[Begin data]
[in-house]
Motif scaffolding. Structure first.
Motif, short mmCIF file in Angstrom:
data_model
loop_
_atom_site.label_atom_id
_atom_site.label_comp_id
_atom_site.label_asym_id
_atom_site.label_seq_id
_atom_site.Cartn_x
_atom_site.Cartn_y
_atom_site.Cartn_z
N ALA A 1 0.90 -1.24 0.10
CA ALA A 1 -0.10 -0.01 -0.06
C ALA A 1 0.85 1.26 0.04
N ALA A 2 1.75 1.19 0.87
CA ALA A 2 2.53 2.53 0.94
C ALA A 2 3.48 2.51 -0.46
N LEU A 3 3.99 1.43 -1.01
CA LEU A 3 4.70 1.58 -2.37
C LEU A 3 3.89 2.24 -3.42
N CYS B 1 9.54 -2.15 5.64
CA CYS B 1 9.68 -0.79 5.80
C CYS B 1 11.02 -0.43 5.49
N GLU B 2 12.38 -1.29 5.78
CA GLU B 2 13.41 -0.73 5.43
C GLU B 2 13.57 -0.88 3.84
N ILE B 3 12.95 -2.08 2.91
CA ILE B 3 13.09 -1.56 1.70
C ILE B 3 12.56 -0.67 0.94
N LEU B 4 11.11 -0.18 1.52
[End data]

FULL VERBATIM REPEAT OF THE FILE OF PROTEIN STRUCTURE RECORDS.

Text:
[in-house]
Motif scaffolding. Structure first.
Motif, short mmCIF file in Angstrom:
data_model
loop_
_atom_site.label_atom_id
_atom_site.label_comp_id
_atom_site.label_asym_id
_atom_site.label_seq_id
_atom_site.Cartn_x
_atom_site.Cartn_y
_atom_site.Cartn_z
N ALA A 1 0.90 -1.24 0.10
CA ALA A 1 -0.10 -0.01 -0.06
C ALA A 1 0.85 1.26 0.04
N ALA A 2 1.75 1.19 0.87
CA ALA A 2 2.53 2.53 0.94
C ALA A 2 3.48 2.51 -0.46
N LEU A 3 3.99 1.43 -1.01
CA LEU A 3 4.70 1.58 -2.37
C LEU A 3 3.89 2.24 -3.42
N CYS B 1 9.54 -2.15 5.64
CA CYS B 1 9.68 -0.79 5.80
C CYS B 1 11.02 -0.43 5.49
N GLU B 2 12.38 -1.29 5.78
CA GLU B 2 13.41 -0.73 5.43
C GLU B 2 13.57 -0.88 3.84
N ILE B 3 12.95 -2.08 2.91
CA ILE B 3 13.09 -1.56 1.70
C ILE B 3 12.56 -0.67 0.94
N LEU B 4 11.11 -0.18 1.52